The sensation of connecting with a bygone era is always close at hand in Nepal, and nowhere more so than in its capital, Kathmandu. Wandering past eons-old temples in ghostly twilight, as the aroma of cooking fires cloaks the air, you’ll feel you've travelled in time. Naked light bulbs in shop windows sparkle and dazzle, as kids play hide-and-seek around the narrow streets. It's spellbinding. Atmospheric temples, dusty museums and ornate gardens await. Kathmandu is the kind of place you’re happy to get a little lost in, as you reach to see around the next corner.
Obviously there's a lot more, this is just to get you started...
Kathmandu's historic core is Durbar Square, home to a cacophony of sites, some of which are still supported by scaffolding after the devastating earthquake in 2015. Hindu and Buddhist pagodas sit comfortably next to the imposing neoclassical portico of a palace built by the ruling Rana dynasty. Close by, the old hippy enclave of Freak Street is lined with snug coffee shops and souvenir stalls, ideal for browsing or watching the world go by. Stroll a little further and you're quickly lost in a fascinating labyrinth of lanes lined with shrines, teahouses and markets, like bustling Indrachowk bursting with shops selling bright copperware and iridescent textiles.
A short hop in a taxi across the Bagmati River brings you to the second of the three ancient kingdoms: arty, bohemian Patan. It has its own Durbar Square with a richly decorated, wing-roofed palace and an excellent museum packed with bronzes, sculptures and ancient photos. There's a certain counterculture vibe to Patan which many people love. It's known for its artists and cafés, and is a great part of town to stay in. Music lovers on the ‘70s hippy trail introduced jazz to Kathmandu, and Patan is the birthplace of the city’s annual jazz festival - the only jazz festival in the Himalayan region - popularly referred to as Jazzmandu.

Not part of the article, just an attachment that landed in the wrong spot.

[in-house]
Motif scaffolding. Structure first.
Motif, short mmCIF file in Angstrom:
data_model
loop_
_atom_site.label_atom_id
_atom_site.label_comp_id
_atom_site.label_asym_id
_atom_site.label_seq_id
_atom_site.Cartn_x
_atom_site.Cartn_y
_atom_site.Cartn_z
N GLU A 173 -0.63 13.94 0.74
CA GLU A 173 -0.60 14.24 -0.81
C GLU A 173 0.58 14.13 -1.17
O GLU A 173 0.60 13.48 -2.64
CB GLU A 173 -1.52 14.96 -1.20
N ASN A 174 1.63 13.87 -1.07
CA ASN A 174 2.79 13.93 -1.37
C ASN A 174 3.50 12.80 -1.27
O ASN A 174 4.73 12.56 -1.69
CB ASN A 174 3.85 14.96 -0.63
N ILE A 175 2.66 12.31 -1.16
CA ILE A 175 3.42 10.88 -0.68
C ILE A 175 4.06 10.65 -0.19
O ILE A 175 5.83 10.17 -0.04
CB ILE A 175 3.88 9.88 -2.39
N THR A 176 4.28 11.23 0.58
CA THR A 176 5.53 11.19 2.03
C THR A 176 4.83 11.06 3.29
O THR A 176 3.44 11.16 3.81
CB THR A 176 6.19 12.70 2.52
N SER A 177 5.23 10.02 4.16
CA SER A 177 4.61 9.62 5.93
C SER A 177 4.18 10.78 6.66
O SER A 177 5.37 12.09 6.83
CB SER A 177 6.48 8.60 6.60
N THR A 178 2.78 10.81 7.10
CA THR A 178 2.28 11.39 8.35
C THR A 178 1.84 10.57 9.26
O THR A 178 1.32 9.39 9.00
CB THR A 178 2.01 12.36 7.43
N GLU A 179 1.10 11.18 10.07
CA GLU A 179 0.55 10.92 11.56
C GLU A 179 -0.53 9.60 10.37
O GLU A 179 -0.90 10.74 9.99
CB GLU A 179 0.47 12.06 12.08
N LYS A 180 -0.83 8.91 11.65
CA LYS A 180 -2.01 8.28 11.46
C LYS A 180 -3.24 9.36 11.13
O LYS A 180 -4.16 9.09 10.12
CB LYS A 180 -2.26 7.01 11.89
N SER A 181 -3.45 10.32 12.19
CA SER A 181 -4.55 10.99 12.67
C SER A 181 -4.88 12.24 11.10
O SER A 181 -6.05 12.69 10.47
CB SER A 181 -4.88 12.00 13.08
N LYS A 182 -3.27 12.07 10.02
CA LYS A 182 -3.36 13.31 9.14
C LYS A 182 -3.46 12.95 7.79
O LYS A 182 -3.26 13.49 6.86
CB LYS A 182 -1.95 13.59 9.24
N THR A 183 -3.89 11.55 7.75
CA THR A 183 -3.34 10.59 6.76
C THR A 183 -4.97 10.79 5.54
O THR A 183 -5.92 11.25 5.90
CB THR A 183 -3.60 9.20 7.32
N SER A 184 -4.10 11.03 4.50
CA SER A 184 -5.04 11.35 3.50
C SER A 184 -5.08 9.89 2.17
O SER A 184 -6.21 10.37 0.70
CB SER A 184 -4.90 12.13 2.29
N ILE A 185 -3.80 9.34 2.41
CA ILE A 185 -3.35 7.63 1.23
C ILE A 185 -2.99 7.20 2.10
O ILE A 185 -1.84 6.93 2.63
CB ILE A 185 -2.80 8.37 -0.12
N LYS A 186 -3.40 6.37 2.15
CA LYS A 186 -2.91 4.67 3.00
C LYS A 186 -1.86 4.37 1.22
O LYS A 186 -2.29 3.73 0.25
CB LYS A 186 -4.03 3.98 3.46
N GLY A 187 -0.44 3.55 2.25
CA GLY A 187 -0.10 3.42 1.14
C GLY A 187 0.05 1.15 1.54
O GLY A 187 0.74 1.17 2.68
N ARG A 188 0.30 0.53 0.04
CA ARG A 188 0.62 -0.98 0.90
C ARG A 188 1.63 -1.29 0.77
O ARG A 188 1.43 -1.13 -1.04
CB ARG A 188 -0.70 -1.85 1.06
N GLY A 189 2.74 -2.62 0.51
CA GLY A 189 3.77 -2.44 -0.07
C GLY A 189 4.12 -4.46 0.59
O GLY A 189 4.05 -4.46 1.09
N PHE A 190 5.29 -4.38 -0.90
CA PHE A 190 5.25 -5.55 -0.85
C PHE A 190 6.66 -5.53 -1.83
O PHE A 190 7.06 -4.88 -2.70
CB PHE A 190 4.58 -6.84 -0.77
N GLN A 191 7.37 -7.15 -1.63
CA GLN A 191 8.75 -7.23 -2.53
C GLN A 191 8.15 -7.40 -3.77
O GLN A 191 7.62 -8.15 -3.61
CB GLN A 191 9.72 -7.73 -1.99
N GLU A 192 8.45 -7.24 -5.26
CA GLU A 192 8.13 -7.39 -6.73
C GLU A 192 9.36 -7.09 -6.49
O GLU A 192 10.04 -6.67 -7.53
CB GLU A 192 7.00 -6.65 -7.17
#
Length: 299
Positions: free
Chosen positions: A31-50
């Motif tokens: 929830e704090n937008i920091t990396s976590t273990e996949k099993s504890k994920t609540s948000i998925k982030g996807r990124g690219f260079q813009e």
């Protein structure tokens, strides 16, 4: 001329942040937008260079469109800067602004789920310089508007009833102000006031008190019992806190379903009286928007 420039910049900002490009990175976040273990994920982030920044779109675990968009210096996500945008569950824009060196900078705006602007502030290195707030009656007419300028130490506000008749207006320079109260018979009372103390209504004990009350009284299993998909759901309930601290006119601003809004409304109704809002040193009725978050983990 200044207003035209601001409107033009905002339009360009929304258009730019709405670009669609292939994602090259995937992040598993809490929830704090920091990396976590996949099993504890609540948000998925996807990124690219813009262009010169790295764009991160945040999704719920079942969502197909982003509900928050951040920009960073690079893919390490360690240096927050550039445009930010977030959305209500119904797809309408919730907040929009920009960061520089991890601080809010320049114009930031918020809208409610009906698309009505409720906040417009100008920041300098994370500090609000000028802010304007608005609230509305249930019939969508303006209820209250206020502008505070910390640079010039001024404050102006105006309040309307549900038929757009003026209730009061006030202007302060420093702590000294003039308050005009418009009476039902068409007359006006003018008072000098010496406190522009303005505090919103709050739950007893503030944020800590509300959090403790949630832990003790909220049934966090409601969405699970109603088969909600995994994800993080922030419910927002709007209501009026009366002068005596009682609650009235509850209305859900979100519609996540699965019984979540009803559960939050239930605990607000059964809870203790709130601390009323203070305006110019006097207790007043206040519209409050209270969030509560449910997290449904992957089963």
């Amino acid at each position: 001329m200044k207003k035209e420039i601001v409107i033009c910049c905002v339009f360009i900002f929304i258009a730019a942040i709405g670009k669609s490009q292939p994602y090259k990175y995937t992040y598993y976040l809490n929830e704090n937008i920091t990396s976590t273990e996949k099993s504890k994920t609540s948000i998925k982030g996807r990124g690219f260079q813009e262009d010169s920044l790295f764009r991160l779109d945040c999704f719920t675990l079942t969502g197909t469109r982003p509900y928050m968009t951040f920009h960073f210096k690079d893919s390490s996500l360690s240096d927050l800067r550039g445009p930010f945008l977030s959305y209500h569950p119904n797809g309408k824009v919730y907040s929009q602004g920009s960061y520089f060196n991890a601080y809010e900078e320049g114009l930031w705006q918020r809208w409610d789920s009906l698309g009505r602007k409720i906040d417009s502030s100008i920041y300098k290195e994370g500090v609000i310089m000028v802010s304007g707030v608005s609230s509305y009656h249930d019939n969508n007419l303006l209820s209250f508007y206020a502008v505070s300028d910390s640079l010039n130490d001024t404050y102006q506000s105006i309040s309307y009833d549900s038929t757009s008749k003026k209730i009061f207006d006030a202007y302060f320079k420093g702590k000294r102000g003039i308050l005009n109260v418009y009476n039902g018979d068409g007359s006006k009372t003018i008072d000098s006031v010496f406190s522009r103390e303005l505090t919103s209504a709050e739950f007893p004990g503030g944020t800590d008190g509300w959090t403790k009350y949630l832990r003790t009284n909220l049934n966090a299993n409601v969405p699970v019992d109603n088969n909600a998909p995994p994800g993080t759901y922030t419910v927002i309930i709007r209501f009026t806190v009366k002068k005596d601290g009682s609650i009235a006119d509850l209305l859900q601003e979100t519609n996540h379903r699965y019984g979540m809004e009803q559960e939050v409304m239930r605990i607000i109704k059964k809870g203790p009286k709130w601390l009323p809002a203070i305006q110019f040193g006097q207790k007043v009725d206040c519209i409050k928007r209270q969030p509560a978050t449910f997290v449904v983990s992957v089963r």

For spectacular views across the city towards the snowy peaks of the Himalayas, a sunset visit to Swayambhunath - the Monkey Temple - should not be missed. Watching the red-robed monks circumambulating the stupa murmuring mantras is truly spellbinding. Join the faithful walking around the serene Boudhanath temple, with its huge white dome draped in a rainbow of prayer flags, to the sound of blissful chanting. This is the most important Tibetan Buddhist monument outside Tibet. For many, however, it's the funeral ghats at Pashupatinath temple that are Kathmandu's most arresting experience. Ritual cleansing and cremation ceremonies are observed here, whilst mystical wise men known as sadhus, daubed in coloured dye and ash, watch over the proceedings.